New York – The emerging narrative of China’s rise in the Middle East as a counter to American power and influence rests on the skewed portrayal of a few very large investments, mainly involving state entities, and a few large contracts to build infrastructure — mostly centered in the states of the Gulf Cooperation Council (GCC). In a public-relations success most Middle Eastern leaders would envy, Beijing has claimed the mantle of a great power in the region without a commitment to wider economic development or security.
The GCC, meanwhile, has been looking eastward, seeing in China a promising export destination for hydrocarbons, and a middle-class consumer base for a full cycle of energy-based products, from plastics to refined liquids. (This is also true of India.)
This is a bilateral interdependence, driven as much from the GCC as it is from China — a diversification strategy and a bid for market-share. Proclamations of great strategic alliances are, as yet, unfounded.
When it comes to foreign direct investment, aid, capital expenditure and job creation, China is often characterized as the angel investor of choice in the Middle East. It is often erroneously labeled as the region’s most important source of FDI. Certainly, China is a major source of FDI in a few places, especially in the GCC. When Chinese investment does arrive, it usually targets the energy sector and large government contracts. Investment surges and then declines; in fact, globally, China's 2019 outgoing investment was the weakest since 2011.
China’s agenda in the Middle East is about China, not about sharing a development ideology, institution-building or improving access to capital. Private investment that flows from the United States, Britain and Europe to the Middle East is consistent over time and a stronger force for job creation and regional economic development. This is ironic, given the popular perception of Western private investors as seekers of narrow self-interest.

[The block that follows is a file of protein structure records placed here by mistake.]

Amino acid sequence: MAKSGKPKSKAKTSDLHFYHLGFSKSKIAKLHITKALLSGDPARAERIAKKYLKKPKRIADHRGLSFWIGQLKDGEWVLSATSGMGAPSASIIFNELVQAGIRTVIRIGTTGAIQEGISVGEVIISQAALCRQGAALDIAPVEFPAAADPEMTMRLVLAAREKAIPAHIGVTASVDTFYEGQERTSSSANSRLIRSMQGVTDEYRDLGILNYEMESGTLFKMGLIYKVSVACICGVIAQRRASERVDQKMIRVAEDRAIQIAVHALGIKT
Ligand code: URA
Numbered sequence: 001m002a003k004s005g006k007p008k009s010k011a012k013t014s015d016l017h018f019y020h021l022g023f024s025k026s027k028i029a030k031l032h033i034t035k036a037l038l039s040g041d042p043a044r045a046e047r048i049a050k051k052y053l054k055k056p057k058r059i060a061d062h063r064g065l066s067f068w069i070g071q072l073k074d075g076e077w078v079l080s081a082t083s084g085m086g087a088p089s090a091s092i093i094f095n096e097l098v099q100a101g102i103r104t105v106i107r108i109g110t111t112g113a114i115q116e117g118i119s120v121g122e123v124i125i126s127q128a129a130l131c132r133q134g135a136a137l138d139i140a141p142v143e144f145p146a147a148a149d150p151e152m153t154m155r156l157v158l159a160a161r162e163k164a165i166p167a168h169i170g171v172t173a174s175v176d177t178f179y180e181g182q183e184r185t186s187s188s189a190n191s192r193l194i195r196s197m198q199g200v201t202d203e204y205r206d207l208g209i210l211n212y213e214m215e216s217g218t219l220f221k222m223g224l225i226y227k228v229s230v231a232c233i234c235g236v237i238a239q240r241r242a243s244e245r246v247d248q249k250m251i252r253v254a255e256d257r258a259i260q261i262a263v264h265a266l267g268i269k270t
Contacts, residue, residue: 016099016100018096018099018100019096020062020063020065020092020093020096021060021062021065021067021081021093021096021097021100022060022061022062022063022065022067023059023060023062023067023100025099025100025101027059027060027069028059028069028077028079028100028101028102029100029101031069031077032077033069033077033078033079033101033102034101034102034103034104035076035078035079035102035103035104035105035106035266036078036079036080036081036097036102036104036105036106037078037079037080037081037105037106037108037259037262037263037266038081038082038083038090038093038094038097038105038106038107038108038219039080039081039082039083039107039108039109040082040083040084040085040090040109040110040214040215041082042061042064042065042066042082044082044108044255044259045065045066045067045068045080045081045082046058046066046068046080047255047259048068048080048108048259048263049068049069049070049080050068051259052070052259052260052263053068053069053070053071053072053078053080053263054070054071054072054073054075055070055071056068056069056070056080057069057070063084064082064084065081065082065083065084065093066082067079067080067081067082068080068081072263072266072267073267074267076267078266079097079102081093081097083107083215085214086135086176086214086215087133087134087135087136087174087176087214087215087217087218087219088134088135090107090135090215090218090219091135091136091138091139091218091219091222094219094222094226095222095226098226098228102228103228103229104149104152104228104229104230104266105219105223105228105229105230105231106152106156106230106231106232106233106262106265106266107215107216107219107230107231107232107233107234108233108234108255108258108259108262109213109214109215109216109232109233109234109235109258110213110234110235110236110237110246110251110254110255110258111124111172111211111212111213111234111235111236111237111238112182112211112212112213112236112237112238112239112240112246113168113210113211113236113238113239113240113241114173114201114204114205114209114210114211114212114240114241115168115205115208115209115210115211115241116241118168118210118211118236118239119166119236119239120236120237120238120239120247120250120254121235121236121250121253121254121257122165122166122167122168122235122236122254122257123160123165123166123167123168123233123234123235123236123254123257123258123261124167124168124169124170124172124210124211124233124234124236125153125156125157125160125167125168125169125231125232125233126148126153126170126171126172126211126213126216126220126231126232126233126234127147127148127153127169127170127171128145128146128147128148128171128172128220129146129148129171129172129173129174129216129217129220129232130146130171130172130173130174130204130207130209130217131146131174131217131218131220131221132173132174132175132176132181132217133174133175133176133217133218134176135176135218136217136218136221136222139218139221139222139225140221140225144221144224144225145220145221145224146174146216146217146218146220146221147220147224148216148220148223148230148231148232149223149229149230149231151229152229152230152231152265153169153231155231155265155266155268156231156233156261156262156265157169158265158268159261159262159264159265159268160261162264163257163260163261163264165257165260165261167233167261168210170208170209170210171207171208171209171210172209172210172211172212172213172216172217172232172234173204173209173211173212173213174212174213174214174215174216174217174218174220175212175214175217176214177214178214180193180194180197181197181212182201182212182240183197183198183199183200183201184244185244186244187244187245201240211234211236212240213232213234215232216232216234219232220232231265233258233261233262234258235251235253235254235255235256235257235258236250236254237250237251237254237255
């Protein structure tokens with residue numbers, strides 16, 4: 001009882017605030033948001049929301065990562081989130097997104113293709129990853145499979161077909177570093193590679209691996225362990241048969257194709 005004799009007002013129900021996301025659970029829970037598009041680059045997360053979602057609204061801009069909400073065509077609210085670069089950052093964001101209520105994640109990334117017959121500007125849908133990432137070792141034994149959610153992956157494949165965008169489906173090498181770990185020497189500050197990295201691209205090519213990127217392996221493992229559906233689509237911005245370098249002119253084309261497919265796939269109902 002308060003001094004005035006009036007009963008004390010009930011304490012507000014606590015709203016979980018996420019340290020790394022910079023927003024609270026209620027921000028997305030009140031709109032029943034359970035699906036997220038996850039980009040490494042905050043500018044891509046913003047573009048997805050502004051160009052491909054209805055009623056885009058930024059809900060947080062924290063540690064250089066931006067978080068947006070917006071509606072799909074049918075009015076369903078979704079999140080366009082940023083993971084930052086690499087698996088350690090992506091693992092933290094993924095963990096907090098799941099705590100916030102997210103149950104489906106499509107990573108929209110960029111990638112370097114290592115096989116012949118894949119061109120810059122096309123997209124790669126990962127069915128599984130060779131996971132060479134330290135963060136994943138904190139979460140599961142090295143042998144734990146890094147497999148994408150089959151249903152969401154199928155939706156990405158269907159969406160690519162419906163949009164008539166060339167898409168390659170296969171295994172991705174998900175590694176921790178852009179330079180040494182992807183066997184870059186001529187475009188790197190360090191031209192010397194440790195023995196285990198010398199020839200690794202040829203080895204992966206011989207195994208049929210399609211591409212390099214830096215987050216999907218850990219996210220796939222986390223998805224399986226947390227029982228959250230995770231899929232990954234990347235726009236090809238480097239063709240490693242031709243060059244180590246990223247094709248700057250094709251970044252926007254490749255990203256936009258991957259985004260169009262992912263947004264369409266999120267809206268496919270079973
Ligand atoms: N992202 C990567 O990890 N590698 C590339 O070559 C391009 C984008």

When compared with American and European efforts, China spends less and creates fewer jobs in most of the Middle East, North Africa and West Asia. Indeed, the GCC states have higher capital expenditure and create more employment across the Middle East and North Africa than China — and that’s not counting remittance flows, aid, financial intervention such as central bank deposits, and in-kind oil and gas transfers.
China is more active as a regional investor and contractor where private capital doesn’t want to go-places like Iran, Syria and, to a degree, Turkey. One notable exception is the United Arab Emirates, where Chinese investment and contracts have surged since 2015. This skews the data and inflates China’s reputation as a regional investor and source of capital.
The view that China is the largest investor in the Arab region overlooks the fact that Beijing has invested inconsistently over time, and picks and chooses its engagement in the broader region, from Morocco to Pakistan. The assertion also fails to mention that the GCC is a major source of FDI in that same geography, and also in the Horn of Africa.
For example, Oman has a $3.55 billion outstanding loan from Chinese banks, and the industrial park at Duqm port has received some investment (but not the $10 billion pledged) by Chinese-owned Wanfang. But the other GCC states invest more and create more jobs in the sultanate. The same is true in Egypt, where China has been an inconsistent investor and job creator. Between 2014 and 2020, the GCC states created more jobs with more capital expenditure. Combined American and European private capital expenditure and job creation in Egypt outweigh China’s impact in the same period.
For all the hype around Beijing’s supposed advantage of state capitalism, through which all its FDI activity in the region counts towards a national political goal, China has not yet proven to be a good investor or a desirable development partner for the Middle East — and certainly not a great power.
Karen E. Young is a resident scholar at the American Enterprise Institute.
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